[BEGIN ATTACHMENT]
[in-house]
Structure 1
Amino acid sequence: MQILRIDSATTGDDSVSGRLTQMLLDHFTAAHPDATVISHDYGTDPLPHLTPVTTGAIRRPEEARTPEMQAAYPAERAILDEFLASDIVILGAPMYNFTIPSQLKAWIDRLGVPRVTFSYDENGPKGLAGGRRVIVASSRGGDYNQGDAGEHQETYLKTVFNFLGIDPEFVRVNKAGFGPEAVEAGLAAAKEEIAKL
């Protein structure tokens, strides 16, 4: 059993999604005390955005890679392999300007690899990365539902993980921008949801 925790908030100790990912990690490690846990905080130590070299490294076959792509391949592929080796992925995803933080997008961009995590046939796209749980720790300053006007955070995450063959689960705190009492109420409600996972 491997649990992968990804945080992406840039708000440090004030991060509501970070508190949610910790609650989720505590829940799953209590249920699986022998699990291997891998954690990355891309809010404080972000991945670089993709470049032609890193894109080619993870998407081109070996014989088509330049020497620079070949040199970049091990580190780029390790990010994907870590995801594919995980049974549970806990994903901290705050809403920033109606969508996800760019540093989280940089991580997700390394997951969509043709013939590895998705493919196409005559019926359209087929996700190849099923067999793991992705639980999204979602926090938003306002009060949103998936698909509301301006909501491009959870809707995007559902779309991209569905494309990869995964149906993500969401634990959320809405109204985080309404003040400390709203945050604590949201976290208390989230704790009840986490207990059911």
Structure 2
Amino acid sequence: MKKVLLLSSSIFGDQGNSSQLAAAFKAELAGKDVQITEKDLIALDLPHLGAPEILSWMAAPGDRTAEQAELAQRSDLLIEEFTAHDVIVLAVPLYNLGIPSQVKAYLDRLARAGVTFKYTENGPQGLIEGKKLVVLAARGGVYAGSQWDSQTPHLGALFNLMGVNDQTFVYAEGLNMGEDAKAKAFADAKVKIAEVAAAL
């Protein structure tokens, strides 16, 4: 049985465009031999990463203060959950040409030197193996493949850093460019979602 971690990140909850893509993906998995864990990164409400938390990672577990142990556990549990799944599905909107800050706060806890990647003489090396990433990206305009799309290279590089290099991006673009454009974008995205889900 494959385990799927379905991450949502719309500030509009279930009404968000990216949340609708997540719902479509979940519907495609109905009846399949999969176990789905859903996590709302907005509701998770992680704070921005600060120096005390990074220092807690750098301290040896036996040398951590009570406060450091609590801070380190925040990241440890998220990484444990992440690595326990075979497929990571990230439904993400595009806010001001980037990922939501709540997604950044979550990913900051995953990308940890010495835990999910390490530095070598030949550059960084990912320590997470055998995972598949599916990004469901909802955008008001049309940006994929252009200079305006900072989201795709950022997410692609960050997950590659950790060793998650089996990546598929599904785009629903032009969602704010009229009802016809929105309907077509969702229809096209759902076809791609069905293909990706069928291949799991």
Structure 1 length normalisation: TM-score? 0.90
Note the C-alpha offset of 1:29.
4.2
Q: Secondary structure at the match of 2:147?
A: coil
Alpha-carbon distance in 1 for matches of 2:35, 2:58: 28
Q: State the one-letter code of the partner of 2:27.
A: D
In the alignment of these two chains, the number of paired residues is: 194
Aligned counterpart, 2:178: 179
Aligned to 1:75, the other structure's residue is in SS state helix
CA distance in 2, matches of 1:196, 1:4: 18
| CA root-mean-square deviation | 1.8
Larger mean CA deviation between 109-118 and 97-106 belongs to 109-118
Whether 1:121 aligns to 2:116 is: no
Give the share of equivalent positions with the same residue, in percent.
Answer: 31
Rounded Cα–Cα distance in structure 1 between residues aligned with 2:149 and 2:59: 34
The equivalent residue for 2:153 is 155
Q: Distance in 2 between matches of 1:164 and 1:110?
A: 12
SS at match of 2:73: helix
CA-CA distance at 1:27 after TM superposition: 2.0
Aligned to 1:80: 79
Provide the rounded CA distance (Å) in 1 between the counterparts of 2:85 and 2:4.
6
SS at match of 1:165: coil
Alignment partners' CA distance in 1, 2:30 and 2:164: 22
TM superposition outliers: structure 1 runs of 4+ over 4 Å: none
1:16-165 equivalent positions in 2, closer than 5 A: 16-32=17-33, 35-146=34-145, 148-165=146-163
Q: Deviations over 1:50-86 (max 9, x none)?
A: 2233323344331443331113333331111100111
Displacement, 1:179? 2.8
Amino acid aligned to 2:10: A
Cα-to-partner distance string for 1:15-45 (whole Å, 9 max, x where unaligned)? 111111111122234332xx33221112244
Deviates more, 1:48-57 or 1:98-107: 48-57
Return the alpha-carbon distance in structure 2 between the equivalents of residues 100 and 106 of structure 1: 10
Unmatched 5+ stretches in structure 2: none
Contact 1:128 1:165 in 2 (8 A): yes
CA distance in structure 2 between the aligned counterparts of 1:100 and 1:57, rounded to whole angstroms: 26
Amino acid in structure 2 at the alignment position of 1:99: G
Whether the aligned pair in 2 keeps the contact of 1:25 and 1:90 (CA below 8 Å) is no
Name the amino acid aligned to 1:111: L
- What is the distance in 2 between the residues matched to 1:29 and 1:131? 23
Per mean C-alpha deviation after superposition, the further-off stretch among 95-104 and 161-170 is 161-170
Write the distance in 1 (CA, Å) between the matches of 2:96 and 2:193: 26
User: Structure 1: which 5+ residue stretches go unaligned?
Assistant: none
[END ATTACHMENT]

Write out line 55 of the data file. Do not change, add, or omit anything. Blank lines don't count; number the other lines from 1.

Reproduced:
Assistant: none